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  • Can Tyson Jost Fight His Way Into A Wild Roster Spot?

    Kalisha Turnipseed

    The 2022-23 season is the year Tyson Jost puts up or shuts up. The Minnesota Wild are in salary cap hell for the next three seasons, and Bill Guerin needs to have cap flexibility to retool his team successfully. He brought in Jost in a trade involving Nico Sturm after Jost had failed to secure the second-line center spot behind Nathan MacKinnon. He got chances to unleash his potential by playing next to Mikko Rantanen, Gabriel Landeskog, and Matt Duchene. His value plummeted on the depth chart because the Colorado Avalanche added Nazem Kadri and Alexander Newhook. Now he's going to have another chance to do so.


    What will the results look like?


    When I watch Jost, I wonder why he wasn't able to successfully make it despite playing with highly-skilled players in Colorado. As we speak, he should be drinking from the Stanley Cup right now, but Joe Sakic had other plans. Once, The Hockey Writers and Last Word On Sports described Jost's ability as game-changing. “Prolific skating and crafty puck skills.“ “A sound two-way pivot.” “Plays in all situations.” He even got MacKinnon’s approval when he first arrived in Denver.



    So why did he fail?


    Although the Avs drafted him in the first round, Jost wasn't physically built as most top prospects. He was tearing up the BCHL, an inferior league to the main Canadian Junior leagues. Jost only played there so he can be eligible for the NCAA. There's no issue with the route he took to the NHL, but it seems like it didn't let him take the time to build himself up physically enough to play at the highest level. You can say that if he were 200 pounds full of aggression and snarl, he would have a ring now.


    Looking at his time in Colorado positively, though, he has already played five seasons in the NHL. What does that say about his next five, now that he gets a fresh start? He can reset and focus his dedication on being physically strong and taking control of the ice. How can he breakout? What role suits him to be a good, versatile Top-6 threat?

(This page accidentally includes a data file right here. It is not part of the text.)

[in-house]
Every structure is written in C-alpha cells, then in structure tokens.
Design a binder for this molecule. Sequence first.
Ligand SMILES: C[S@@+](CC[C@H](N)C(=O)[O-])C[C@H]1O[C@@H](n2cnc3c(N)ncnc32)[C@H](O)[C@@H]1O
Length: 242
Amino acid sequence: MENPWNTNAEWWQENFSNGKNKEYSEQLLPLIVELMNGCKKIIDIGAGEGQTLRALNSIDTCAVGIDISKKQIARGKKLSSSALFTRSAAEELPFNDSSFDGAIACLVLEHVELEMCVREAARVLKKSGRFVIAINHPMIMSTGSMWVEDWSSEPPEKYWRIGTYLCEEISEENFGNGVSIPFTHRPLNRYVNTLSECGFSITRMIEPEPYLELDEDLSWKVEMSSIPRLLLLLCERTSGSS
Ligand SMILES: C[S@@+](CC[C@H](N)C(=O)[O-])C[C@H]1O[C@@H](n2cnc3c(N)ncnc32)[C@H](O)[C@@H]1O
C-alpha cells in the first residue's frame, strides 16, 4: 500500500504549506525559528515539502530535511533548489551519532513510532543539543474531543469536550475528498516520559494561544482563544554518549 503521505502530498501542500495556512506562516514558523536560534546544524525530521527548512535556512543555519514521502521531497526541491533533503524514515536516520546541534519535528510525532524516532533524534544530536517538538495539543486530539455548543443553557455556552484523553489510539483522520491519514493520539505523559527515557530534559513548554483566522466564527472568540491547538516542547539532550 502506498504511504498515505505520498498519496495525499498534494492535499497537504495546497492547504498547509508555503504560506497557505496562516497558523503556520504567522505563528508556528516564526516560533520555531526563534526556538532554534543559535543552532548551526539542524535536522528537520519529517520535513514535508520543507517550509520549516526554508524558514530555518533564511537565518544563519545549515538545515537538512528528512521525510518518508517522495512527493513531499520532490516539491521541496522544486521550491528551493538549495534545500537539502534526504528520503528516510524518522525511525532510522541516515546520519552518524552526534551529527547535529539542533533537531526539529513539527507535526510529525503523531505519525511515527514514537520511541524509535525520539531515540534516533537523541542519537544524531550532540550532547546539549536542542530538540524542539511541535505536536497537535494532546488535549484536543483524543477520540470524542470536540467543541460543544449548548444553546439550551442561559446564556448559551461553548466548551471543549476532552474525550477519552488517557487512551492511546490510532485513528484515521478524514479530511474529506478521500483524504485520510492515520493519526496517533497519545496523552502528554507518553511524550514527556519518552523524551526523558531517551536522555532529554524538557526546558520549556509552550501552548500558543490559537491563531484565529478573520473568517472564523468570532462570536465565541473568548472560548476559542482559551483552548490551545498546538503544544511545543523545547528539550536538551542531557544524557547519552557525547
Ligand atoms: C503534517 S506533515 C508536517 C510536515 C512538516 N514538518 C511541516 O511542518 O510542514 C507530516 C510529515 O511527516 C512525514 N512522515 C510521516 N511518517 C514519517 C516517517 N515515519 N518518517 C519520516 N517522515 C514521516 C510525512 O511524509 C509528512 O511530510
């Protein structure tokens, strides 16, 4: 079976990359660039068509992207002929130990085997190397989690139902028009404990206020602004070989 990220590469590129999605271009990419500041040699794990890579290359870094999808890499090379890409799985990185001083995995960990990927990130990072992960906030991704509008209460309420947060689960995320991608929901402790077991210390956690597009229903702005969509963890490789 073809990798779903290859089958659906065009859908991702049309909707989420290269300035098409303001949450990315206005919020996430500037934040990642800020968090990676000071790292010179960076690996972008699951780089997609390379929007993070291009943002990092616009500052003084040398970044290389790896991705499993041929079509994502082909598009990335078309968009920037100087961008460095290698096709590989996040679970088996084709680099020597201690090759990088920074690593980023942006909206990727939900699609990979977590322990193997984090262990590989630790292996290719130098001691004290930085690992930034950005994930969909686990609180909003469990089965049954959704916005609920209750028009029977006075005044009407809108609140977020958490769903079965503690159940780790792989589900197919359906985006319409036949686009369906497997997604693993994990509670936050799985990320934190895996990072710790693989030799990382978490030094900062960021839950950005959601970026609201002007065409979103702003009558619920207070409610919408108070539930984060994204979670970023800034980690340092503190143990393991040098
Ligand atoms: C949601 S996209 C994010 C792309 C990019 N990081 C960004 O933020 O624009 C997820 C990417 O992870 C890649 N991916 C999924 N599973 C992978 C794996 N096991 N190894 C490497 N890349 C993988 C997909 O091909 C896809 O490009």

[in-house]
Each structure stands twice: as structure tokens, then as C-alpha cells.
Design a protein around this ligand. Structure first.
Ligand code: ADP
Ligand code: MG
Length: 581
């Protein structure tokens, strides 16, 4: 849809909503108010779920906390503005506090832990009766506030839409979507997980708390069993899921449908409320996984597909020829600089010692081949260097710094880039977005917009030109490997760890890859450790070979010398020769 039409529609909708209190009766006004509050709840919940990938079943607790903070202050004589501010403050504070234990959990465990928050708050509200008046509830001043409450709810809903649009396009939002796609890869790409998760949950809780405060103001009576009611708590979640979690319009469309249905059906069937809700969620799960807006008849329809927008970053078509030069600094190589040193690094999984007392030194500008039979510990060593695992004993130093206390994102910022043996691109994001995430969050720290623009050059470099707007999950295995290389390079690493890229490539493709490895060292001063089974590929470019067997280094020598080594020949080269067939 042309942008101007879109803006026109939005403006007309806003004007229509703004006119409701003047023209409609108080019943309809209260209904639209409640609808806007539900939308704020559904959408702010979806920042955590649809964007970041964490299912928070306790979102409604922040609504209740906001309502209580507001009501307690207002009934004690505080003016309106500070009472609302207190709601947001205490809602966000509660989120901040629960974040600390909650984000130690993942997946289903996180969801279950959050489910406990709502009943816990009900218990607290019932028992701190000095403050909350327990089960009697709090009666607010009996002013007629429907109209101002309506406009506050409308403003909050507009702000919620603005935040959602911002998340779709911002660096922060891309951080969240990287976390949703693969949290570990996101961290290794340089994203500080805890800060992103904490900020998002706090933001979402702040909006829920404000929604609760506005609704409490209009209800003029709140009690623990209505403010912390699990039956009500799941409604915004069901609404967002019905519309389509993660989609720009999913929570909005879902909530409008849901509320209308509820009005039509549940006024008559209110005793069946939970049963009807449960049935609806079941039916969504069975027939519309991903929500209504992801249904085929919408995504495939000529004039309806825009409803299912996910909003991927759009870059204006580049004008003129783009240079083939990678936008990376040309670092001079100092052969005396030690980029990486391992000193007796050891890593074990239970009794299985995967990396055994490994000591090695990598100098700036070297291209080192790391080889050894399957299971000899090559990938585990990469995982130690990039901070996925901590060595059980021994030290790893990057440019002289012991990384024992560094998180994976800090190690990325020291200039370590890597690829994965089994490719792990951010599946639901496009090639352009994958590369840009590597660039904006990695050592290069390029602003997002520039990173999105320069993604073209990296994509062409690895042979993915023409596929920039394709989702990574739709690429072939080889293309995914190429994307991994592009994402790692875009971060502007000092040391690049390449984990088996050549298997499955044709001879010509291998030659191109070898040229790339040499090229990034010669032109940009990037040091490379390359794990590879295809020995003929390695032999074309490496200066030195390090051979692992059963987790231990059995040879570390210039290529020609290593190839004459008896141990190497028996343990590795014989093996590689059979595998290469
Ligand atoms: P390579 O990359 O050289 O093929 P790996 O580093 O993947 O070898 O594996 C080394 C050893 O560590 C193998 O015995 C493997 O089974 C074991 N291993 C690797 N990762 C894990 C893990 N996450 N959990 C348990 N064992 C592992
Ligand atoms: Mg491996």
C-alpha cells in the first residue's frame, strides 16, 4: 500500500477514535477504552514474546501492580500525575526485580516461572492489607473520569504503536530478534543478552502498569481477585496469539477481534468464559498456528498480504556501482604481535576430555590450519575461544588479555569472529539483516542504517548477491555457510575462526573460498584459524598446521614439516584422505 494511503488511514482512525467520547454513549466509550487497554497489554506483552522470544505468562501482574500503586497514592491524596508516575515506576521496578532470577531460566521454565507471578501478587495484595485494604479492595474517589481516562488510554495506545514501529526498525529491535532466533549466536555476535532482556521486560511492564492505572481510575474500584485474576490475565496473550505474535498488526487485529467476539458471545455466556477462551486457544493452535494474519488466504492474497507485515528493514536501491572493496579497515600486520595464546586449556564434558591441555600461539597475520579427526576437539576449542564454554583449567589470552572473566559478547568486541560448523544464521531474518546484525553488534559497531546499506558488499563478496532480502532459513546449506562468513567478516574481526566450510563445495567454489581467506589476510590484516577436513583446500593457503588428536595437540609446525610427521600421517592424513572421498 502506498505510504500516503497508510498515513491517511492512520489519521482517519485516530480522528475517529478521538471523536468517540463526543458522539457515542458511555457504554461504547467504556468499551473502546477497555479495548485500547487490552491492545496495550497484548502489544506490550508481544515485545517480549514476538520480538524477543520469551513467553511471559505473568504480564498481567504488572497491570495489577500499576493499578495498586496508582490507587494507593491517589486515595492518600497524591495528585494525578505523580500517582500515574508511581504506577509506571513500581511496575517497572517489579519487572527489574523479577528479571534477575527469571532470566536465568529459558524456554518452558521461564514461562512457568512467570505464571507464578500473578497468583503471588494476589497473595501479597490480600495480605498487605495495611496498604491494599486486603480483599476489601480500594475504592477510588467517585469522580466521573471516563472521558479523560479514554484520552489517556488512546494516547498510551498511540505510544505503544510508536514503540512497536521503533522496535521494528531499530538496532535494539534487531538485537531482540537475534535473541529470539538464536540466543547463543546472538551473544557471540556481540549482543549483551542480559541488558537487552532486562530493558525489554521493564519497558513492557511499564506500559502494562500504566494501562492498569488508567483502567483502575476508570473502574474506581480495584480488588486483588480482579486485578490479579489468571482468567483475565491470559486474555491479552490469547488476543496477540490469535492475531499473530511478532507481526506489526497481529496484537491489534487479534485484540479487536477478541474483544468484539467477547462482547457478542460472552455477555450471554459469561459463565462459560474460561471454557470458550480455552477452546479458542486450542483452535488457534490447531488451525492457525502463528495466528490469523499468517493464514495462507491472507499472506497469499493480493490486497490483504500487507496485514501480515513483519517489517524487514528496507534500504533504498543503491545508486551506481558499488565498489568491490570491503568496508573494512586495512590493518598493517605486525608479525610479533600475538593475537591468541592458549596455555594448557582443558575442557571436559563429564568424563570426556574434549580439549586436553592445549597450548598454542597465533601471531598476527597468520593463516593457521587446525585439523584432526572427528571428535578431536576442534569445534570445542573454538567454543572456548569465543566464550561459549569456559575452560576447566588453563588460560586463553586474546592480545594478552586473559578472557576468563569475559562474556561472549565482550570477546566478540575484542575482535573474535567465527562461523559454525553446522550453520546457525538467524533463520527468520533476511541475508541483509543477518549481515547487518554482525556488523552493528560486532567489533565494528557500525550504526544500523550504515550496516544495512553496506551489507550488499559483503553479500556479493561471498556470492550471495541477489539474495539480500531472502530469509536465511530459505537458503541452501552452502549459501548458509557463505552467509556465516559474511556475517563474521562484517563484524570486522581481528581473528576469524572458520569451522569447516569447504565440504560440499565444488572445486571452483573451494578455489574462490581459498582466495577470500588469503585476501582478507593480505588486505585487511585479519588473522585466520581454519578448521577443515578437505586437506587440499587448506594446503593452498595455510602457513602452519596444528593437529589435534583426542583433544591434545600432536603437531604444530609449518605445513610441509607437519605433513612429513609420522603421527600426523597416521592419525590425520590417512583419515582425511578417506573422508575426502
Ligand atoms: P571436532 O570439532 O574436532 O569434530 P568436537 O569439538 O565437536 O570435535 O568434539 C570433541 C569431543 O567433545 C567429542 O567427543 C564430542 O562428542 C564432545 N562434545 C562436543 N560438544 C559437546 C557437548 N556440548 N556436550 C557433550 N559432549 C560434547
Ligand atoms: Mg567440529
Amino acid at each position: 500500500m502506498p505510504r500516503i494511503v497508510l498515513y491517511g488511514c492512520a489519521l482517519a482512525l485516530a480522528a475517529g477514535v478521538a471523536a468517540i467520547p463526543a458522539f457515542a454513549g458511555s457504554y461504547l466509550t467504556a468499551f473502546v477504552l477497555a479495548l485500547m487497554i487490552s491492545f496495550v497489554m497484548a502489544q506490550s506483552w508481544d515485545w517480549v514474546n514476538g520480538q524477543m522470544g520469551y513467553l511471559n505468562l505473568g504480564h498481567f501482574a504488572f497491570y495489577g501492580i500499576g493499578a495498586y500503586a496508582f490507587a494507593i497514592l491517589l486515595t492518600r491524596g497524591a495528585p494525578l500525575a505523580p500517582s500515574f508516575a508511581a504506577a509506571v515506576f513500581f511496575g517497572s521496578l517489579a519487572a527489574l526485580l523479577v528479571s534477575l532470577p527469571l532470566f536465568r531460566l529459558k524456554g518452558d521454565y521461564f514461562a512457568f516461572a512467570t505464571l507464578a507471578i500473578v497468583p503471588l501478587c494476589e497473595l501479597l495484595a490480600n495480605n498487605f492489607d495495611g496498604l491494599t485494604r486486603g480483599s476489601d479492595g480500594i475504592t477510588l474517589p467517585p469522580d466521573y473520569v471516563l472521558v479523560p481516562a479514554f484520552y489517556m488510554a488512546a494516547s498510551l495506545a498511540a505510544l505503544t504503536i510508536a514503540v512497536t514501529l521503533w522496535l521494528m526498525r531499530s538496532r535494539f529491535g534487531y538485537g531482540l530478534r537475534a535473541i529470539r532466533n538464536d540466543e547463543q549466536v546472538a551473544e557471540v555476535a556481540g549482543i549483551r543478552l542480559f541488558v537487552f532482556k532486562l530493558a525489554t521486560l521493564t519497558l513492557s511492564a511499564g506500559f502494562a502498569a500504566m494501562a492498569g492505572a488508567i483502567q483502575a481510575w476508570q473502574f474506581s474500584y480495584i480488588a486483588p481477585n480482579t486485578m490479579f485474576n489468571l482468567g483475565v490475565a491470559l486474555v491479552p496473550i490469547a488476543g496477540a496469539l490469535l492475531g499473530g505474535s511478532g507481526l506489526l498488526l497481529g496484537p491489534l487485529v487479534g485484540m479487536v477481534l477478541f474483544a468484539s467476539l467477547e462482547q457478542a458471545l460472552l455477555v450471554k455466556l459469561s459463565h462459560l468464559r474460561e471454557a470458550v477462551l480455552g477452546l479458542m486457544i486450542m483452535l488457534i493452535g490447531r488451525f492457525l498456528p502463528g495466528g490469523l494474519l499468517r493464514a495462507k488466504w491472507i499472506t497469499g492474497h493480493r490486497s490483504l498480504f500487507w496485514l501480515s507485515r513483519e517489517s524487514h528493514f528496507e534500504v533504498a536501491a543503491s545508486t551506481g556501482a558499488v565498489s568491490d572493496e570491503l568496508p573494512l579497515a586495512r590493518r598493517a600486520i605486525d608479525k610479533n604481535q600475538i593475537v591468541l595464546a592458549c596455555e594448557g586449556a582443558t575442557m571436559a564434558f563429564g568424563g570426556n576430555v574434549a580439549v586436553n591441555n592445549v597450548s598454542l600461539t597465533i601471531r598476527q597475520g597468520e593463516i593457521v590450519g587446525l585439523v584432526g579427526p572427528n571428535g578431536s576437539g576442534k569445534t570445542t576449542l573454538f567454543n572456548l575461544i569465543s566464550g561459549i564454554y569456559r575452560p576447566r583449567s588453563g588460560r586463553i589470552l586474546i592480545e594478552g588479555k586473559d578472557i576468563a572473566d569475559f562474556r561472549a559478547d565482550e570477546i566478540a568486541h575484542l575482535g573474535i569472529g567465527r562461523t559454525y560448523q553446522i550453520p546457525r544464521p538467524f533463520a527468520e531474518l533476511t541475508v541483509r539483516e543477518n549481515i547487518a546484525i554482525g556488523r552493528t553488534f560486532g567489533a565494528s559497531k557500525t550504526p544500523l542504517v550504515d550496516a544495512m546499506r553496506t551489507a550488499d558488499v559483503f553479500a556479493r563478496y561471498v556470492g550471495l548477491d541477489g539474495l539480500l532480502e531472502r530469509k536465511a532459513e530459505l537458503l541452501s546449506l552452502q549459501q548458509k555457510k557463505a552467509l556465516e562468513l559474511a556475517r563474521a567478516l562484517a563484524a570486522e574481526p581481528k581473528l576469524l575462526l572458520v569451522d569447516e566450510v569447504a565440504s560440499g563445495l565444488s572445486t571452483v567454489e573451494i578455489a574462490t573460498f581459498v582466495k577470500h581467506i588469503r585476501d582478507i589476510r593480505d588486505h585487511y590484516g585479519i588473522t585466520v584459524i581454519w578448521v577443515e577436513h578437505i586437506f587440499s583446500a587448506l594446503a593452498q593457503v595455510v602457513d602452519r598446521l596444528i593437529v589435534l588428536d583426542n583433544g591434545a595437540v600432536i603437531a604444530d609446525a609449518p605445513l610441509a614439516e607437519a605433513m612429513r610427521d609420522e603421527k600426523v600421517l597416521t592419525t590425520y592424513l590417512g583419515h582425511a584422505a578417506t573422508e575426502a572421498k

It starts with the Wild treating Jost like he’s Ryan Hartman. However, in Jost, the team will have a player who's more suited to be a center because of his playmaking ability.


    With all due respect to Hartman and his breakout season, he's not a true center on a contending team. He's a versatile forward who can play responsible minutes in the Top-6 and stabilize the center position by working hard. That's always important to have on a Cup contender, but you want to maximize the skill in the Top-6. Jost needs to be physically stronger to play those minutes, which is why Hartman and Freddy Gaudreau got to play ahead of him. It wasn't because of their talent. They're neutralizers who are physically built to take on heavier competition, and they did so with aplomb. Jost has a better chance of providing more of an offensive spark, though.


    Coach Dean Evason should want to change up Jost's linemates. He's not going to be successful with Brandon Duhaime and Nicholas Deslauriers. They need to have Jost play with wingers who are good at winning puck battles in the corners and can set up plays from below the dots.


    Fortunately, Minnesota has two wingers who can help him shine: Kirill Kaprizov and Matt Boldy.


    Mats Zuccarello is still a great fit next to Kaprizov, of course, but we're looking at the long-term future. Minnesota needs to build up the chemistry between its young players to make it through the cap crunch years. Zuccarello isn't the best at winning puck battles. He thrives off the transition game and makes plays from the half-wall. Jost needs gritty wingers who can bring what Zuccarello brings to the table. Kaprizov and Boldy are also puck possession machines. Kaprizov averaged a Corsi For % of 52.9 in his first two years. Boldy had a Corsi For of 56.9% in his rookie season. Perfect for Jost to thrive with.


    Boldy brought out the best in Kevin Fiala thanks to his high-end playmaking ability. Boldy has the hands and vision of a center. He's a man trapped in a large boy's body, and he’ll only get stronger as he grows into his frame.


    Kaprizov brings out the best in everyone. He won the Calder trophy with Victor Rask as his center for most of his rookie year. He can form new chemistry with Boldy and Kaprizov – maybe more magical than Fiala and Boldy.


    Between them, Jost can be a neutralizer but bring more offensive creativity than Hartman or Gaudreau. Marco Rossi isn't going to be ready to make an impact as a top center right away. Therefore, it's fair to slot Jost in the top spot due to his playing experience. Jost has played the minutes before in Colorado. He averaged about 14 minutes a night during his first stint with the Avalanche. He got a good amount of offensive zone starts, as high as 60.5%, so he's been there. Playing with Kaprizov and Boldy will decide his ceiling and his future with the team.


    There's a possibility Jost is keeping Rossi's seat warm, and Guerin can choose to trade him at the deadline or in the offseason for draft capital. Or maybe even to upgrade at a different position and continue to build the youth. We all want Jost to be successful here, but it’s up to him if he wants to write a new chapter in Minnesota. Colorado is the past. Minnesota is the present. At best, perhaps we can see something resembling a speedy Logan Couture. At worst, maybe he’s just a solid two-way forward like Blake Coleman. The Wild desperately needs and surely is betting on him becoming the former. Now it’s up to Jost to prove it.

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